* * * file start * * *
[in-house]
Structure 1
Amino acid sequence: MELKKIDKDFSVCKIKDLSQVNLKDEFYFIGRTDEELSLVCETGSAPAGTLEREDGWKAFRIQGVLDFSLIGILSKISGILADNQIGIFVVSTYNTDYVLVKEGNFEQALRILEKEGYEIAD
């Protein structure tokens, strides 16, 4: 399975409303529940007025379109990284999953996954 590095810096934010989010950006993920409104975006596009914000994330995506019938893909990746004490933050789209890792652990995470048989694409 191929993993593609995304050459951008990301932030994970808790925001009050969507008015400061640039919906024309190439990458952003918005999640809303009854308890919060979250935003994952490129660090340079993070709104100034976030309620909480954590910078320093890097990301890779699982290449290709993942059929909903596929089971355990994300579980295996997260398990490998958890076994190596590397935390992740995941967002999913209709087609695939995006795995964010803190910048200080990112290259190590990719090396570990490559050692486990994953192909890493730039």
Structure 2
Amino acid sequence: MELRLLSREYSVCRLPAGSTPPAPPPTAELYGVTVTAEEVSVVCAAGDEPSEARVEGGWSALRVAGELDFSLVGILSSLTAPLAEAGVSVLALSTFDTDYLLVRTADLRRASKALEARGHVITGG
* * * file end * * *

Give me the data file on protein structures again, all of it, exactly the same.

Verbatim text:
[in-house]
Structure 1
Amino acid sequence: MELKKIDKDFSVCKIKDLSQVNLKDEFYFIGRTDEELSLVCETGSAPAGTLEREDGWKAFRIQGVLDFSLIGILSKISGILADNQIGIFVVSTYNTDYVLVKEGNFEQALRILEKEGYEIAD
């Protein structure tokens, strides 16, 4: 399975409303529940007025379109990284999953996954 590095810096934010989010950006993920409104975006596009914000994330995506019938893909990746004490933050789209890792652990995470048989694409 191929993993593609995304050459951008990301932030994970808790925001009050969507008015400061640039919906024309190439990458952003918005999640809303009854308890919060979250935003994952490129660090340079993070709104100034976030309620909480954590910078320093890097990301890779699982290449290709993942059929909903596929089971355990994300579980295996997260398990490998958890076994190596590397935390992740995941967002999913209709087609695939995006795995964010803190910048200080990112290259190590990719090396570990490559050692486990994953192909890493730039």
Structure 2
Amino acid sequence: MELRLLSREYSVCRLPAGSTPPAPPPTAELYGVTVTAEEVSVVCAAGDEPSEARVEGGWSALRVAGELDFSLVGILSSLTAPLAEAGVSVLALSTFDTDYLLVRTADLRRASKALEARGHVITGG